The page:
As a result, data controllers that collect and process sole traders’ data will have to comply with the obligations stipulated in the PDPA. In particular, data controllers should:

  • process sole traders’ data only if there is a legitimate ground for doing so;

  • inform sole traders about the scope and the purpose of processing their data and their right to access and modify their data;

  • grant sole traders the right to access and modify their data;

  • process sole traders’ data in compliance with the proportionality principle; and

  • provide adequate security measures in compliance with the PDPA.

The Central Register: As the sole traders’ basic personal data is collected in the national and publically available online database – the Central Register - data controllers have easy access to the personal data of sole traders. The Central Register contains information on all sole traders in Poland, including their: (i) name and surname; (ii) registered office; (iii) email address; (iv) telephone number; and (v) tax identification number. All data from the Central Register are publicly available online, except for sole trader’s personal identification number (PESEL) and a place of residence if it is not the same as the registered office.

In practice it means that controllers may collect sole traders’ data that are publically accessible in the Central Register, provided that there is a legitimate ground for processing such data (e.g. the legitimate interest of data controllers) and provided that data controllers inform every sole trader about the commencement of processing of their data.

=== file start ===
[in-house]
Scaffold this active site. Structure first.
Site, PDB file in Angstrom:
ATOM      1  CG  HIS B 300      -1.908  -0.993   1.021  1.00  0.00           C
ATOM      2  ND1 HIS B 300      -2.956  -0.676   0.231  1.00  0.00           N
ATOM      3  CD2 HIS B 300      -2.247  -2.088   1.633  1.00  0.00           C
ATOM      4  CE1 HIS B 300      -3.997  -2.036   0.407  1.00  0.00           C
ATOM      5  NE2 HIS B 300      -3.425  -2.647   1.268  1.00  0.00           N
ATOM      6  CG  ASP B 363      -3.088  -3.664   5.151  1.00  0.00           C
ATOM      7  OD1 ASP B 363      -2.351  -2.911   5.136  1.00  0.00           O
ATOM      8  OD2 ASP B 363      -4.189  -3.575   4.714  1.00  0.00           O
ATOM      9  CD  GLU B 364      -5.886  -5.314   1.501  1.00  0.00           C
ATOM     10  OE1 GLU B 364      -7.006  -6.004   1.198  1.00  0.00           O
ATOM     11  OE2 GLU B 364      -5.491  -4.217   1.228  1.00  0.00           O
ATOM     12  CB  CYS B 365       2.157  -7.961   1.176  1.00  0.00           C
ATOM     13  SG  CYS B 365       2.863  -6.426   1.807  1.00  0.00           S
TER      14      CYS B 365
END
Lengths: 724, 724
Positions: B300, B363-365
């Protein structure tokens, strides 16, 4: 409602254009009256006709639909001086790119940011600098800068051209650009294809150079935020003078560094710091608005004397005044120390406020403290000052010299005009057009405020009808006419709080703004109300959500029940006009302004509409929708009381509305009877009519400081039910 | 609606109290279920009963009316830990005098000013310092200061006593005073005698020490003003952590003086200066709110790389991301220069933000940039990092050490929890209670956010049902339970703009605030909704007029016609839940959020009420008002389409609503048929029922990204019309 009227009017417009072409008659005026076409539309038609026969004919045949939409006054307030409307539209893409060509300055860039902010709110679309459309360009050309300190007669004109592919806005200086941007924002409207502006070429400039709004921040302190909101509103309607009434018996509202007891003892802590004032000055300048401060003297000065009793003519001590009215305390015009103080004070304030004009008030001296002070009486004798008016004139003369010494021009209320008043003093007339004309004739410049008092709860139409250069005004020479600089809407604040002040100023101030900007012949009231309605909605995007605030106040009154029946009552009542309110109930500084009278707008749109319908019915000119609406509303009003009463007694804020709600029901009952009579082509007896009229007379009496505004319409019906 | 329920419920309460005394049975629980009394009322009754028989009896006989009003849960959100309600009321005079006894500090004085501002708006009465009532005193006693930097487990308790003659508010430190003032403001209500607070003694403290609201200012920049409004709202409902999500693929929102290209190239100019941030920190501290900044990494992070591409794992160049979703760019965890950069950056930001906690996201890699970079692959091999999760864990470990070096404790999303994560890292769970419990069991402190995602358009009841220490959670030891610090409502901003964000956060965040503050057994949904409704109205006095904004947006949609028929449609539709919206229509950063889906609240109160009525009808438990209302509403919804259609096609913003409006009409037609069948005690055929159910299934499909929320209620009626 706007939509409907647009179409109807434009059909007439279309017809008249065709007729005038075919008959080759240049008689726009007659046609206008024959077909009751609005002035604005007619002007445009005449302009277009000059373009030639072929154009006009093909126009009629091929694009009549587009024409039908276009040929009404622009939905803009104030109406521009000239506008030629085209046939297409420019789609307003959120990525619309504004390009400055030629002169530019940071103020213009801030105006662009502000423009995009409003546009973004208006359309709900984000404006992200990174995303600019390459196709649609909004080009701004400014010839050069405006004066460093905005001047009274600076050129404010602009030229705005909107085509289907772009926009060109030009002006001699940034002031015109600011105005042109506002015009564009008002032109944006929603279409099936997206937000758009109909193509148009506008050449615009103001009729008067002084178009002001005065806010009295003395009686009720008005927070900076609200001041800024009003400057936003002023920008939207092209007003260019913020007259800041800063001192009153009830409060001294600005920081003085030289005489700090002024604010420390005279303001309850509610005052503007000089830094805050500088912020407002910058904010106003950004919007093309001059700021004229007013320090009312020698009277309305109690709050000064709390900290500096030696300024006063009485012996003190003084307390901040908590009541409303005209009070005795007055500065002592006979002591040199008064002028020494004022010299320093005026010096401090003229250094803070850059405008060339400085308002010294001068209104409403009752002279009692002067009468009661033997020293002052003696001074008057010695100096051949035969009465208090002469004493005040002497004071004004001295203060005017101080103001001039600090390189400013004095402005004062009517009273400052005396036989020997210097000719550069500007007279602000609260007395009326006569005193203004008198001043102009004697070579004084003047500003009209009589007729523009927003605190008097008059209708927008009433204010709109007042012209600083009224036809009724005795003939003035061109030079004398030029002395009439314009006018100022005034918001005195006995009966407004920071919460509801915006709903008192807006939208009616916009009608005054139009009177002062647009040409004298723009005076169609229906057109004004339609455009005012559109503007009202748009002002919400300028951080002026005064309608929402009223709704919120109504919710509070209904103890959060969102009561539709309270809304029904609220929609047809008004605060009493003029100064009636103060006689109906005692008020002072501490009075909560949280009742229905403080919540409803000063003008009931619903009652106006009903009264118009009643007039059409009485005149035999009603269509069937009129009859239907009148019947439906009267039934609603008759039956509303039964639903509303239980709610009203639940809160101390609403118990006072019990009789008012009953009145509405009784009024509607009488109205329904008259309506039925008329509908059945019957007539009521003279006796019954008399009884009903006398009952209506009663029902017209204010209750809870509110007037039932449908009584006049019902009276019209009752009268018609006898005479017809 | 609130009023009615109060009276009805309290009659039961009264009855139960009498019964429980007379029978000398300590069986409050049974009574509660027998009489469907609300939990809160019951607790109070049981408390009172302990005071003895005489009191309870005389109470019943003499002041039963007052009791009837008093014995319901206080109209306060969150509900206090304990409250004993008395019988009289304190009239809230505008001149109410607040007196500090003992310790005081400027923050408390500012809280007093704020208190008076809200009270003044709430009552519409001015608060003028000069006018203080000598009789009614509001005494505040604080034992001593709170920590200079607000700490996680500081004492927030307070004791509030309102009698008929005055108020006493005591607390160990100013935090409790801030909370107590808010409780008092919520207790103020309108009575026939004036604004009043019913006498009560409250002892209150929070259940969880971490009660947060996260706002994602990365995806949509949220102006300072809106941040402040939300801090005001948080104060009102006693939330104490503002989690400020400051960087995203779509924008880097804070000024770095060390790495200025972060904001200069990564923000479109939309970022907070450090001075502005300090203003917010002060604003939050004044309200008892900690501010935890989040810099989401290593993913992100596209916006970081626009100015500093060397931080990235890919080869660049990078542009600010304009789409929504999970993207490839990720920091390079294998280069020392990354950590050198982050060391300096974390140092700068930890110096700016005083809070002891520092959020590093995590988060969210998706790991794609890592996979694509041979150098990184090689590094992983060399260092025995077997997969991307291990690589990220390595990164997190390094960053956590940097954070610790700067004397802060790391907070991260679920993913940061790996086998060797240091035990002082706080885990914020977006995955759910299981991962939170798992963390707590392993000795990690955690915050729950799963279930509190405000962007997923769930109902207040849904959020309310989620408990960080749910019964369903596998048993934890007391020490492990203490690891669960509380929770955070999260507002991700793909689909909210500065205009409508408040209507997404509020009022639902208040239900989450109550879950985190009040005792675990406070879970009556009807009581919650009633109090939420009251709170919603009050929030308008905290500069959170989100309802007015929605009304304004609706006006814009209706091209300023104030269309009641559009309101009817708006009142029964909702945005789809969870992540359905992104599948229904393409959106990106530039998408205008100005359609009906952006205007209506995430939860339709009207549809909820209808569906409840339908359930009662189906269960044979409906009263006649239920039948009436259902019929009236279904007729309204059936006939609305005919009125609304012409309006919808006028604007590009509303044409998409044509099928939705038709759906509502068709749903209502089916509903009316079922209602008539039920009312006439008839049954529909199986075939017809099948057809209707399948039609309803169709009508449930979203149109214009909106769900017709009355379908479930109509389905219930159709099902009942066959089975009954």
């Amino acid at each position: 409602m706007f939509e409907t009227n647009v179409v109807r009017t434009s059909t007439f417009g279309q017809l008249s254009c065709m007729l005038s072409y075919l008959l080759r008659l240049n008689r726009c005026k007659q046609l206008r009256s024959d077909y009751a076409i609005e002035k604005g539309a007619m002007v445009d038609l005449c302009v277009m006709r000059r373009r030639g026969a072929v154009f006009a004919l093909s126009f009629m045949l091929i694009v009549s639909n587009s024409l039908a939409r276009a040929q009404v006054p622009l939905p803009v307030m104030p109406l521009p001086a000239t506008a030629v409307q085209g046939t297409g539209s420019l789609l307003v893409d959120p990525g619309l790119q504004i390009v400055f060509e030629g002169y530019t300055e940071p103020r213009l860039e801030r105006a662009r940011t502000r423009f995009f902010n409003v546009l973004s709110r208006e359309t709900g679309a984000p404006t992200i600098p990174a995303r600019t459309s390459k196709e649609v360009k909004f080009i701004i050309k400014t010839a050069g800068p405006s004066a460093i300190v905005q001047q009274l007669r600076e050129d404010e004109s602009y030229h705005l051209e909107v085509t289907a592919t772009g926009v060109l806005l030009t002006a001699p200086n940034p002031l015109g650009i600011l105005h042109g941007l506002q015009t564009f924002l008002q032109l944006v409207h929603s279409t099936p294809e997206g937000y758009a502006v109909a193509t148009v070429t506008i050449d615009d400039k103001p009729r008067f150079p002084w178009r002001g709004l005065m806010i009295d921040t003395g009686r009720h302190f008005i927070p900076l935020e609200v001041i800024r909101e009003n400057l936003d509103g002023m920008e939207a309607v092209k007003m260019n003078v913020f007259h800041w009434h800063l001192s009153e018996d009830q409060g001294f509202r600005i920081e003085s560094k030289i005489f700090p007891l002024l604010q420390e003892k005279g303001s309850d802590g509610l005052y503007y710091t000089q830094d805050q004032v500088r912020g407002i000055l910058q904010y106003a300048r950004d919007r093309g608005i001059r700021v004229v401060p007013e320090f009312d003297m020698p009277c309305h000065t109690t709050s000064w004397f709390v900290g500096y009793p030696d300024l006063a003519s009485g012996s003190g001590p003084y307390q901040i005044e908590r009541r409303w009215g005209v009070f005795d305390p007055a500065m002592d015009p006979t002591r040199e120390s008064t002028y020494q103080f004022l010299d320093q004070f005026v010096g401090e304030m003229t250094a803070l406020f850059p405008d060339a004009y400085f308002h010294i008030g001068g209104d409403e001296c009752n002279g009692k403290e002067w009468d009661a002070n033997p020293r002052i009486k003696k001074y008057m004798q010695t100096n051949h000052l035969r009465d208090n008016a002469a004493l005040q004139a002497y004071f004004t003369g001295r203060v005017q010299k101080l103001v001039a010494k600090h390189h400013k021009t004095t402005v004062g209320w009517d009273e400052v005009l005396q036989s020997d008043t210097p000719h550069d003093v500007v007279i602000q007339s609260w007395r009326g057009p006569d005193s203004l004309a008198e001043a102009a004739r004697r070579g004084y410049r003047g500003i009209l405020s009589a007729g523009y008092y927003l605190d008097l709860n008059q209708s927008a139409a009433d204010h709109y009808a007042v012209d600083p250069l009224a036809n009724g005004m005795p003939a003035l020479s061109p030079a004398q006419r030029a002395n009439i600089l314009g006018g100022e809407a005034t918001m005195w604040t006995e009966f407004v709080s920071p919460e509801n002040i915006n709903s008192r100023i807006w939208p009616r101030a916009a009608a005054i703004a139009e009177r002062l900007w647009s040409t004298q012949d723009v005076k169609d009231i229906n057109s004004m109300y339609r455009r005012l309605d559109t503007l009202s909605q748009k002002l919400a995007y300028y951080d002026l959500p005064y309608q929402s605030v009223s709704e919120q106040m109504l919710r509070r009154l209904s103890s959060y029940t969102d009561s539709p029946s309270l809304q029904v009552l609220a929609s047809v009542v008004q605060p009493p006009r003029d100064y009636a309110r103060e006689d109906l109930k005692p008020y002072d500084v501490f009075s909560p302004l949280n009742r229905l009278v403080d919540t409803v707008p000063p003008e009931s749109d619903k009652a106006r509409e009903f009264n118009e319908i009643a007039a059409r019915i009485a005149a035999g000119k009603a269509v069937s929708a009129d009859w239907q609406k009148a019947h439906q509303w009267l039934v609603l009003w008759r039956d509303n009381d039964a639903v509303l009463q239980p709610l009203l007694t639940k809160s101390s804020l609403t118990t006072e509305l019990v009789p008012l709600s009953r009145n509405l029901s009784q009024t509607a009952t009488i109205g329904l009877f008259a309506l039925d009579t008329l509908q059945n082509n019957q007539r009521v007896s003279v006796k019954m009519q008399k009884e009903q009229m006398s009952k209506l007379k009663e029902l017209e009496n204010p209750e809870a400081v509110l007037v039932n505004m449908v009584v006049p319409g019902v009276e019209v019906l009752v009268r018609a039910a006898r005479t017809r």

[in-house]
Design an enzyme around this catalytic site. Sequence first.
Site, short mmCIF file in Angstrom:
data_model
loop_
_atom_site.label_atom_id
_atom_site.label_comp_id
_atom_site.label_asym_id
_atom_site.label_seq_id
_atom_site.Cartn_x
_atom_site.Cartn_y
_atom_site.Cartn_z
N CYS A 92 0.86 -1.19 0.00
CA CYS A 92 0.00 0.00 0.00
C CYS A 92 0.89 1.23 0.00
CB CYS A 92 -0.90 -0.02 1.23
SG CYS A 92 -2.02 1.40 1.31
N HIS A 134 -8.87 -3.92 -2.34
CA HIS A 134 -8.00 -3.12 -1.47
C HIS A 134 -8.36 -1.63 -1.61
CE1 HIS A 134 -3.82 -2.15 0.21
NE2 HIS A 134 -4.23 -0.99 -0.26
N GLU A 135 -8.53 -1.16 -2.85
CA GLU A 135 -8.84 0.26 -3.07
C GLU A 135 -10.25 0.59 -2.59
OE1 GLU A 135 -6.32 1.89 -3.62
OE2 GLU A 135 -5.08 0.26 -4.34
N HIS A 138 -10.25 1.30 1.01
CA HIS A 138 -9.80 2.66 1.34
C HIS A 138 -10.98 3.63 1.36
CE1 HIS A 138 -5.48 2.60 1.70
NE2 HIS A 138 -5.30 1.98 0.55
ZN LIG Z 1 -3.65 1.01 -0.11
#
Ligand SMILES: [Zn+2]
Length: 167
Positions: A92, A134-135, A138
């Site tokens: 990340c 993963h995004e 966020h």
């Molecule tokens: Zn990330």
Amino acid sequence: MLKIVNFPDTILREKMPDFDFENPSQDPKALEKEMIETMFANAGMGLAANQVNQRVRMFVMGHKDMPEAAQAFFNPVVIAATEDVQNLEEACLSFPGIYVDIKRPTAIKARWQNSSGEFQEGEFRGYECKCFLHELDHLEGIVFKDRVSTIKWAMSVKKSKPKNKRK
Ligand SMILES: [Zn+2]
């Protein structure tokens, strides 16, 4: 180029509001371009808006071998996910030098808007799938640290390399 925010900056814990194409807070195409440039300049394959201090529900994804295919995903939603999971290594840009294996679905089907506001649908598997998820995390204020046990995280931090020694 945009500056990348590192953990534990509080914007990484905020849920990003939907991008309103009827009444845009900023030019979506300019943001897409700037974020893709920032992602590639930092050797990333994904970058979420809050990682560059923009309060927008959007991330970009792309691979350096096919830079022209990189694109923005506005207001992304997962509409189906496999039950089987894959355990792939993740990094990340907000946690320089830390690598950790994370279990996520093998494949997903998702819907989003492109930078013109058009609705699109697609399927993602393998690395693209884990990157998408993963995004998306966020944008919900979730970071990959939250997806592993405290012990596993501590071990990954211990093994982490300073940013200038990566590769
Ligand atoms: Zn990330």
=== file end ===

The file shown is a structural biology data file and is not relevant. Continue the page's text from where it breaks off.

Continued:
The most burdensome obligation under the amended law relates to informing sole entrepreneurs about the processing of their data. In Poland there are no exemptions that allow data controllers to avoid informing data subjects if it involves disproportionate effort, except when personal data are necessary for scientific, educational, historical or statistical research or for public opinion research.

Exemption from notification of data filing system: Data controllers in Poland are obliged to notify/register any data filing systems, unless one of various exceptions apply. For example data that are publicly available are exempt from notification/registration. As the sole traders’ data in the Central Register are publicly available online, data controllers who process such data for their purposes will not need to notify those data filing systems.  If, however, data controllers process more data than is available in Central Register, the data filing system may be subject to notification/ registration.

Data collected before 1 January 2012: It remains unclear how controllers should approach sole traders’ data that was collected before 1 January 2012. We believe that processing sole traders’ data collected and processed before 1 January 2012 was legitimate even if a data controller did not consider the relevant grounds for such processing or did not apply the proportionality principle.